Organisations need to invest in tools that allow them to engage employees more regularly to assist line leaders to remain in sync with the expectations and values of their employees. An annual engagement survey is just one tool that allows decision-makers to have a clearer perspective of the employee experience. It is also a move towards always-on feedback or a regular, in the moment survey that are growing in popularity to evaluate the pulse of the employees at a specific time so as to react in an agile manner. It is also important to recognise the positive results from the survey and find ways to strengthen those messages to remind employees of what is good about their department or organisation. Highlight milestones on a quarterly basis  by making use of the various employee feedback channels, forums and platforms to ensure that employees are mindful of the time, discretionary effort and impactful actions that management are investing in in response to the employee opinions aired in the survey.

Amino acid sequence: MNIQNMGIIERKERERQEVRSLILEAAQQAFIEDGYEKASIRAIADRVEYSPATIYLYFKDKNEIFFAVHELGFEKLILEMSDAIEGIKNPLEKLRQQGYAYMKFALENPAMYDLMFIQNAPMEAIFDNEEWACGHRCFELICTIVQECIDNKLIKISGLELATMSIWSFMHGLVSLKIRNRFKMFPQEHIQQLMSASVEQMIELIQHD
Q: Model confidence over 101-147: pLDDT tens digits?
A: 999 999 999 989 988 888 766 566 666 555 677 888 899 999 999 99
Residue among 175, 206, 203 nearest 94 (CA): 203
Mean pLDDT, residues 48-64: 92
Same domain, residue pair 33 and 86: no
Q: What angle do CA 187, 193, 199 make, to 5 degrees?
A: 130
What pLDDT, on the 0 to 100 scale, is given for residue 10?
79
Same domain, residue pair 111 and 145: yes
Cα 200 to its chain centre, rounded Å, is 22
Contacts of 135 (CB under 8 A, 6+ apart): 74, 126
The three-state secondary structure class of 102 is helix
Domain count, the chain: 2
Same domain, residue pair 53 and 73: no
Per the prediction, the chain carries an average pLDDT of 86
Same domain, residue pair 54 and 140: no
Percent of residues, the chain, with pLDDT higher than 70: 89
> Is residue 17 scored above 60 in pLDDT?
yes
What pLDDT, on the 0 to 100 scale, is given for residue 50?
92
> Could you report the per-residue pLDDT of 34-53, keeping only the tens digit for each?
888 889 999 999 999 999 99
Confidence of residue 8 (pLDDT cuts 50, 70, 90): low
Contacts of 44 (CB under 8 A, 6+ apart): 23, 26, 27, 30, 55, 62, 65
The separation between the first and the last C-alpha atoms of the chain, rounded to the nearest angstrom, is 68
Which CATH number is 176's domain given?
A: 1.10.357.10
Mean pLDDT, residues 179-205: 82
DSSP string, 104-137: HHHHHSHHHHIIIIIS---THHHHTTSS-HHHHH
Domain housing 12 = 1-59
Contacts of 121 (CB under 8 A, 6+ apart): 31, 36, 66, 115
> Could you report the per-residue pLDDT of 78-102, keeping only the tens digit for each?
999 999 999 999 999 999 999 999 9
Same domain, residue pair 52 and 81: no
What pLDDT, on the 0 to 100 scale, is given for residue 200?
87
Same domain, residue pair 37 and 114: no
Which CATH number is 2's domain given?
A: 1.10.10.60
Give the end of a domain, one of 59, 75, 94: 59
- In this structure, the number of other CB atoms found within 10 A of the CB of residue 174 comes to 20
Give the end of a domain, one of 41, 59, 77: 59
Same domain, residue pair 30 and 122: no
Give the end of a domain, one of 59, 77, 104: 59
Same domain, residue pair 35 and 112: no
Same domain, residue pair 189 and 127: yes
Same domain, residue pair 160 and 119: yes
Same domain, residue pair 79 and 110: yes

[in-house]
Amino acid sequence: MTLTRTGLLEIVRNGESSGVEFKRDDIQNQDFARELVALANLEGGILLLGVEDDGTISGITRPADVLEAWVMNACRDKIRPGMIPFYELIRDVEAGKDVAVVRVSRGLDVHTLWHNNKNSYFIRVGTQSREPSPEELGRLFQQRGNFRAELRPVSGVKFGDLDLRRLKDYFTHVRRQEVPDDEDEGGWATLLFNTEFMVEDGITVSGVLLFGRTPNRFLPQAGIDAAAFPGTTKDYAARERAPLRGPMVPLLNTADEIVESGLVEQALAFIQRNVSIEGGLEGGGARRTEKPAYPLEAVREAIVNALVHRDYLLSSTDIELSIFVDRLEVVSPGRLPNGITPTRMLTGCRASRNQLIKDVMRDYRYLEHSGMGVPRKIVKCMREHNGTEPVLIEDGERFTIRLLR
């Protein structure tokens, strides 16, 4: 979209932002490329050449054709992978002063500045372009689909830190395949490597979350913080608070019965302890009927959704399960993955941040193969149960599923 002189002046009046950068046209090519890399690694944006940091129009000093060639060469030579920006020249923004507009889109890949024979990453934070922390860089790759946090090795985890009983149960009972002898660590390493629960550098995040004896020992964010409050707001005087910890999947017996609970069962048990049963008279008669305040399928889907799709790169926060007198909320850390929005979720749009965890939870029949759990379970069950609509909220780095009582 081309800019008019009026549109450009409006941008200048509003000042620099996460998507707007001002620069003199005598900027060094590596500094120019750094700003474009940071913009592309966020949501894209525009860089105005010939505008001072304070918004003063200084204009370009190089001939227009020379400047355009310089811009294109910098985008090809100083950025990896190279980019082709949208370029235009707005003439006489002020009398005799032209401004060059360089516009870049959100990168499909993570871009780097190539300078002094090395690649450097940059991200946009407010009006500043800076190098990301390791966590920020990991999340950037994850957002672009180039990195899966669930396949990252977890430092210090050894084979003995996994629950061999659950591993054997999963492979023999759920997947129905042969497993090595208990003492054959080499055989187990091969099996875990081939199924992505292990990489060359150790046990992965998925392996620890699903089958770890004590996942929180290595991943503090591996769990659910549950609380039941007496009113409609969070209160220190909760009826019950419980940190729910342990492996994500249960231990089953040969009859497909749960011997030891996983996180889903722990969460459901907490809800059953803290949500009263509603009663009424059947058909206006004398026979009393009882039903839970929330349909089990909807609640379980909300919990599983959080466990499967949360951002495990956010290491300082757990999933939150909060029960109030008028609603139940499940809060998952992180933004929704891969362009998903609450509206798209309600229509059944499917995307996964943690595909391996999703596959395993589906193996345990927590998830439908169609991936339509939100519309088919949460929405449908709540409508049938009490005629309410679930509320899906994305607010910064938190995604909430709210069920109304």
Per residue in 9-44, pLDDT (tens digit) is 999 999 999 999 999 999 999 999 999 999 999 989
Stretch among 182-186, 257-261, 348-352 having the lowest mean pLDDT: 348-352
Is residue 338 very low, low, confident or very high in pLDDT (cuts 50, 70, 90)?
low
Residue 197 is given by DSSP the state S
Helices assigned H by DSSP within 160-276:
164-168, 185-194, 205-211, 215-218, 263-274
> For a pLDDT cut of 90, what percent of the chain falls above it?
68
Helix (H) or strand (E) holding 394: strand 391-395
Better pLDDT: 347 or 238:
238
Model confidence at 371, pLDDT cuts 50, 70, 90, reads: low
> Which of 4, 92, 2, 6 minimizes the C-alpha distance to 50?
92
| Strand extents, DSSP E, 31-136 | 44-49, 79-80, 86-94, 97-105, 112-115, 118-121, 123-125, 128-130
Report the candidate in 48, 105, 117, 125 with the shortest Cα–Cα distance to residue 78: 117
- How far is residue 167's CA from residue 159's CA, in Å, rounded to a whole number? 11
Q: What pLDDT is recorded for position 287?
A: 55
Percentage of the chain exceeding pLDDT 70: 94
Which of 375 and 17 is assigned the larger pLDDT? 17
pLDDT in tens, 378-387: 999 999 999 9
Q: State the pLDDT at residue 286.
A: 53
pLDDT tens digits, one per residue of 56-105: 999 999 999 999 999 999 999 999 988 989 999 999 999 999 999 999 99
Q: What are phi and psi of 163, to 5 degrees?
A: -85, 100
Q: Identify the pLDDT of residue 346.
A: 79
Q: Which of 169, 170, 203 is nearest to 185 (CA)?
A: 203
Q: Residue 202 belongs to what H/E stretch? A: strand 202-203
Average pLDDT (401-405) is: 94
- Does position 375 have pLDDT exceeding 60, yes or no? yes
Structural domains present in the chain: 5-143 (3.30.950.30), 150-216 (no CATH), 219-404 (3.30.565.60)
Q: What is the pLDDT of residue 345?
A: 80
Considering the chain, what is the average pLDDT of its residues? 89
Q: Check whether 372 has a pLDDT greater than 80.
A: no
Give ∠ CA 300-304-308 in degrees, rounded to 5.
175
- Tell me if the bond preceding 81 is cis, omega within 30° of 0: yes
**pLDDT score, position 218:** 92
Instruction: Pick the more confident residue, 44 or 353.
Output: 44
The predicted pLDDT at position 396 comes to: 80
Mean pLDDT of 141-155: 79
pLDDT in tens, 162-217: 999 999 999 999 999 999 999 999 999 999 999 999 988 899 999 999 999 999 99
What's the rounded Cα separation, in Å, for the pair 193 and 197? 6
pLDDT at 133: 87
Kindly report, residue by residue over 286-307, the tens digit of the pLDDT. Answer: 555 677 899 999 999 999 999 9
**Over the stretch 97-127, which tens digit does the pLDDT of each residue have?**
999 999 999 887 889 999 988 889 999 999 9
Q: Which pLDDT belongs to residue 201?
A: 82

Using a survey with the right intentions is only one piece of a major cultural shift that organisations must make in order to improve their employee engagement. The use of a survey, however, signals to employees that an organisation is serious about transforming its culture. Used as a platform for dialogue and to own feedback, however unpleasant, a survey can lay a solid foundation for a more impactful change.
*Retuura Ballotti is the Human Resources Manager at Bank Windhoek